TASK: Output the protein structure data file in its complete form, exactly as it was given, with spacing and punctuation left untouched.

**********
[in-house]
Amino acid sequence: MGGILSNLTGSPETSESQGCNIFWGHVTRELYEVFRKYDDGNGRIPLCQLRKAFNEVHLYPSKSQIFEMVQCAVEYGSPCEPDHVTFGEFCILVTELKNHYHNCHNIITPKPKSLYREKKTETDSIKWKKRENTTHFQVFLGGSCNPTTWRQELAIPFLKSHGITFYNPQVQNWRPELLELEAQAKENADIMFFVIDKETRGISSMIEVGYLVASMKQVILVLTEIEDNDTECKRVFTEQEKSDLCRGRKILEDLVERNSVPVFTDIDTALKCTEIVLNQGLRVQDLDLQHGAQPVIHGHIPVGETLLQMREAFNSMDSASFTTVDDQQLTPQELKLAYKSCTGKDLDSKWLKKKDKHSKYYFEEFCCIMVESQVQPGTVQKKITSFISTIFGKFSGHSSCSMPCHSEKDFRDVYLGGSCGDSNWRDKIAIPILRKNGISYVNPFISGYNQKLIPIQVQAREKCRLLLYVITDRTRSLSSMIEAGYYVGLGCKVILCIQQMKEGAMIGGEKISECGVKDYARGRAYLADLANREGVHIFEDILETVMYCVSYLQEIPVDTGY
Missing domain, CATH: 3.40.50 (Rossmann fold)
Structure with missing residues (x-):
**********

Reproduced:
[in-house]
Amino acid sequence: MGGILSNLTGSPETSESQGCNIFWGHVTRELYEVFRKYDDGNGRIPLCQLRKAFNEVHLYPSKSQIFEMVQCAVEYGSPCEPDHVTFGEFCILVTELKNHYHNCHNIITPKPKSLYREKKTETDSIKWKKRENTTHFQVFLGGSCNPTTWRQELAIPFLKSHGITFYNPQVQNWRPELLELEAQAKENADIMFFVIDKETRGISSMIEVGYLVASMKQVILVLTEIEDNDTECKRVFTEQEKSDLCRGRKILEDLVERNSVPVFTDIDTALKCTEIVLNQGLRVQDLDLQHGAQPVIHGHIPVGETLLQMREAFNSMDSASFTTVDDQQLTPQELKLAYKSCTGKDLDSKWLKKKDKHSKYYFEEFCCIMVESQVQPGTVQKKITSFISTIFGKFSGHSSCSMPCHSEKDFRDVYLGGSCGDSNWRDKIAIPILRKNGISYVNPFISGYNQKLIPIQVQAREKCRLLLYVITDRTRSLSSMIEAGYYVGLGCKVILCIQQMKEGAMIGGEKISECGVKDYARGRAYLADLANREGVHIFEDILETVMYCVSYLQEIPVDTGY
Missing domain, CATH: 3.40.50 (Rossmann fold)
Structure with missing residues (x-):